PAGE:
CamDate - 26 November, 2010
Ever since the Thursday before the Georgia v. Auburn game on November 13th, questions regarding Cam Newton’s eligibility have swirled about building to a frenzied crescendo when Cam boarded the bus on Friday the 12th to travel with the team during their normal pre-home game rituals and meetings. Speculation on whether Cam would play or not was 1st questioned when Auburn University’s coaching staff, Athletic Dept., and Board of Trustees changed their cries of “witch-hunt” “hatchet job” and “1,000 percent innocent” to an abrupt “no comment.” Cam sightings broadcasted across every sports and news channels on game-day Saturday fed the media machine until he walked the field before pre-game warm ups. This latest “OJ driving through Westwood, Ca.” was fueled by speculation surrounding the 180-degree change in Auburn’s modus operandi, not coincidentally just 48 hours after FBI and NCAA interviews held with John Bond, Kenny Rodgers, Bill Bell, and Jodi Wright. Cam did play and play well. Auburn beat Georgia keeping their unbeaten record for 2010 intact, while securing the SEC Western Division title.
On November 20, 2010, SEC Commissioner Mike Slive issued an 8 game suspension to University of Tennessee head basketball coach Bruce Pearl for “violations of conference rules and procedures” relating to the recruitment of prospective players. This suspension was for 8 SEC conference games, and mutually exclusive from anything related to the ongoing NCAA investigation involving the alleged violations. The suspension was based on new rules and authorities granted the Commissioner and SEC during the Spring, 2010 meetings expanding the ability to issue sanctions when the integrity of competition and the League is compromised. In considering a punishment, Slive asserted a phrase that will become more important as the Newton case continues to evolve.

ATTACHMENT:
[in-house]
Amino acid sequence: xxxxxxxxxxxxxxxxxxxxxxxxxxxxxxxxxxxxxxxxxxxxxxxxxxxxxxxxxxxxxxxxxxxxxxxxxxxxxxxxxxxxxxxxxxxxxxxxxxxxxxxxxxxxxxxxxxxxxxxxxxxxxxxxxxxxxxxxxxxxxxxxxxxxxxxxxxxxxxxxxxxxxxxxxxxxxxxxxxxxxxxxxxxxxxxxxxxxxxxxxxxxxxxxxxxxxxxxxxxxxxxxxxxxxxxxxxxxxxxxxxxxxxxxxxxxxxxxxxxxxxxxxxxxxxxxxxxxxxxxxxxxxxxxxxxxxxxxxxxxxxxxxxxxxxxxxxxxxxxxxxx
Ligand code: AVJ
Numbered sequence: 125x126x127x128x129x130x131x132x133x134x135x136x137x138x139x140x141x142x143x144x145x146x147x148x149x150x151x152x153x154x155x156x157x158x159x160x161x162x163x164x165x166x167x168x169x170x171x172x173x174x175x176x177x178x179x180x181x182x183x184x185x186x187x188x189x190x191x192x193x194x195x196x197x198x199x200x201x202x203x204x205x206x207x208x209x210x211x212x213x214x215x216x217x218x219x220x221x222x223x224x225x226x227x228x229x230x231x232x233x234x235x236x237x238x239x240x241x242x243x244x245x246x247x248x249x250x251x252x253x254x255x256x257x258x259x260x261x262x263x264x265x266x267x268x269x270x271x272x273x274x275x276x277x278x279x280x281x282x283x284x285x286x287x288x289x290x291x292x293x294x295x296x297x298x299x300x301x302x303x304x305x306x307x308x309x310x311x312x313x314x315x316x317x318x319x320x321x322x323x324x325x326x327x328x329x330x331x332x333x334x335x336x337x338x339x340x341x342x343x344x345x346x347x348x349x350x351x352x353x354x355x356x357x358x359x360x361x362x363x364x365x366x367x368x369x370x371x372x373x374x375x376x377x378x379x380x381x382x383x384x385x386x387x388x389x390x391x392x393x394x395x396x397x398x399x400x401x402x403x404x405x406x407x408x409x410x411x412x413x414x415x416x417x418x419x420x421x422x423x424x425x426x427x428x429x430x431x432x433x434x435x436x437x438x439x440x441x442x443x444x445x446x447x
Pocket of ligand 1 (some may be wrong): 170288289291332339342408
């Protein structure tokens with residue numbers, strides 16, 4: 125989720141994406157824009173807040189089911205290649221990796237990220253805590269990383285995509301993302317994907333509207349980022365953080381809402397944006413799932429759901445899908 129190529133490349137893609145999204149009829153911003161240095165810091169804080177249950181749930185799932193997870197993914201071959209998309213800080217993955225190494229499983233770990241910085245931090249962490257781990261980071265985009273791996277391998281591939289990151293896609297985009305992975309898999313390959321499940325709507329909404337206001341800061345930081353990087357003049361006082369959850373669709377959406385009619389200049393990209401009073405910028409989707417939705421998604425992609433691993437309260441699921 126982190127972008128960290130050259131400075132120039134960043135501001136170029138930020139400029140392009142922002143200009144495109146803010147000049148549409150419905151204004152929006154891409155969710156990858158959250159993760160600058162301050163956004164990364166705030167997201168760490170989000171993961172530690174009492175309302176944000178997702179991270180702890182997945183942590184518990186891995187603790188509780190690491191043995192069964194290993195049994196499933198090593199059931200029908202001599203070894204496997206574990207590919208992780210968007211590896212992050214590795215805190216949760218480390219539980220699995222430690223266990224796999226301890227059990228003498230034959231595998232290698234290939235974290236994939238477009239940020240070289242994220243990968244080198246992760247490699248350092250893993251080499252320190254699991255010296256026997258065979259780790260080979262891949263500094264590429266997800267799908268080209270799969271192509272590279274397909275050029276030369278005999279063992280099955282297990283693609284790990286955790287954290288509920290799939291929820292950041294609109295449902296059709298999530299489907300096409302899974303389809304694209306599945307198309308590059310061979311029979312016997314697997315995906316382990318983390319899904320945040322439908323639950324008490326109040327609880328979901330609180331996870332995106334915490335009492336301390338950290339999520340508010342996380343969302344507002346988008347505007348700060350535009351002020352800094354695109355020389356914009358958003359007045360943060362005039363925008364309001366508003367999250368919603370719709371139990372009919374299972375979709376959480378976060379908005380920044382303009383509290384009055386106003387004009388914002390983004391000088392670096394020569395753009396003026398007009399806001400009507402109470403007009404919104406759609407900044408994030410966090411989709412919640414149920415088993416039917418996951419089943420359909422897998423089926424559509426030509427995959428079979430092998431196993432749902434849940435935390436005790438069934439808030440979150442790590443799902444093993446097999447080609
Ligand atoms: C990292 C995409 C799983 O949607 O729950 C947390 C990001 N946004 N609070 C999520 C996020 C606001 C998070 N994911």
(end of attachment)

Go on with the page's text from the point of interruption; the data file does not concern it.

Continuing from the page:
"We wanted to be certain that we understood the established facts before we considered what action, if any, the conference should take." – Mike Slive, SEC Commissioner
Slive distinguished the SEC's punishment of Pearl from its inaction on Newton based on the presence of "established facts" in the case of Pearl and the lack of such facts in the Newton investigation as it stood at the time of Pearl’s suspension. Asked whether he thought about waiting for the NCAA to issue its findings before acting, Slive replied,
"I did think about it. I thought about it for a long time. But we had established facts here. ... I thought it was important for our conference to do something rather than just to wait for the NCAA and do something on top of that."
Slive went on to acknowledge the process by which he tries to make a reasoned decision in the frenzied modern media environment.
"I try to be deliberate," Slive said. "I think sometimes to the frustration of others, but I think we have an obligation to act on established facts."
This suspension opened a whole new deliberation as to whether Cam would in fact be able to participate any further. This is an article released November 12th by CBS Sports.com surrounding the allegations regarding Cecil Newton and Mississippi State. While it's still too early to say with absolute certainty whether Newton will even be playing for Auburn tomorrow, much less at any point for the rest of the season, the actual nature of his misdeeds -- which are, at this point, purely alleged and based solely on the statements of a handful of Mississippi State-affiliated men -- seems to be less of a mystery today than it was earlier this week.